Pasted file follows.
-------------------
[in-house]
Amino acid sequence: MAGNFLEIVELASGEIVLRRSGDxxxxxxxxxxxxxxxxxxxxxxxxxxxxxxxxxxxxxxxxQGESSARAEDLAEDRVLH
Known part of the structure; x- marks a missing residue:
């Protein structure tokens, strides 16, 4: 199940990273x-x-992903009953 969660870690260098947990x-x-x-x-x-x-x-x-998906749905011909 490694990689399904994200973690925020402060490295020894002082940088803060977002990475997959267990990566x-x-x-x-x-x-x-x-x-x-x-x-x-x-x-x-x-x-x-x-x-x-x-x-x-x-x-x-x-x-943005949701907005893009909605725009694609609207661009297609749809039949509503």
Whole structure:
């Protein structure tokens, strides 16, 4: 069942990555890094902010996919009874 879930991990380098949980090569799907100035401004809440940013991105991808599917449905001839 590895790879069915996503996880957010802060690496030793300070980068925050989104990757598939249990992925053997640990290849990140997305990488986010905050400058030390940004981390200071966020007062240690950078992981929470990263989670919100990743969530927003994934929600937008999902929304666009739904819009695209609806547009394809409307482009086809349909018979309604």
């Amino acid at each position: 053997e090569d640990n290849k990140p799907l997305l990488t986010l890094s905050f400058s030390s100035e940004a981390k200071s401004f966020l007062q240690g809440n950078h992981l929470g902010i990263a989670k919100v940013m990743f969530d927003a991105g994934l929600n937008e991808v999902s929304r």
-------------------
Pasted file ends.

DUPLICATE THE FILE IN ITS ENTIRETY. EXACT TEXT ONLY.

[in-house]
Amino acid sequence: MAGNFLEIVELASGEIVLRRSGDxxxxxxxxxxxxxxxxxxxxxxxxxxxxxxxxxxxxxxxxQGESSARAEDLAEDRVLH
Known part of the structure; x- marks a missing residue:
């Protein structure tokens, strides 16, 4: 199940990273x-x-992903009953 969660870690260098947990x-x-x-x-x-x-x-x-998906749905011909 490694990689399904994200973690925020402060490295020894002082940088803060977002990475997959267990990566x-x-x-x-x-x-x-x-x-x-x-x-x-x-x-x-x-x-x-x-x-x-x-x-x-x-x-x-x-x-943005949701907005893009909605725009694609609207661009297609749809039949509503």
Whole structure:
């Protein structure tokens, strides 16, 4: 069942990555890094902010996919009874 879930991990380098949980090569799907100035401004809440940013991105991808599917449905001839 590895790879069915996503996880957010802060690496030793300070980068925050989104990757598939249990992925053997640990290849990140997305990488986010905050400058030390940004981390200071966020007062240690950078992981929470990263989670919100990743969530927003994934929600937008999902929304666009739904819009695209609806547009394809409307482009086809349909018979309604």
């Amino acid at each position: 053997e090569d640990n290849k990140p799907l997305l990488t986010l890094s905050f400058s030390s100035e940004a981390k200071s401004f966020l007062q240690g809440n950078h992981l929470g902010i990263a989670k919100v940013m990743f969530d927003a991105g994934l929600n937008e991808v999902s929304r």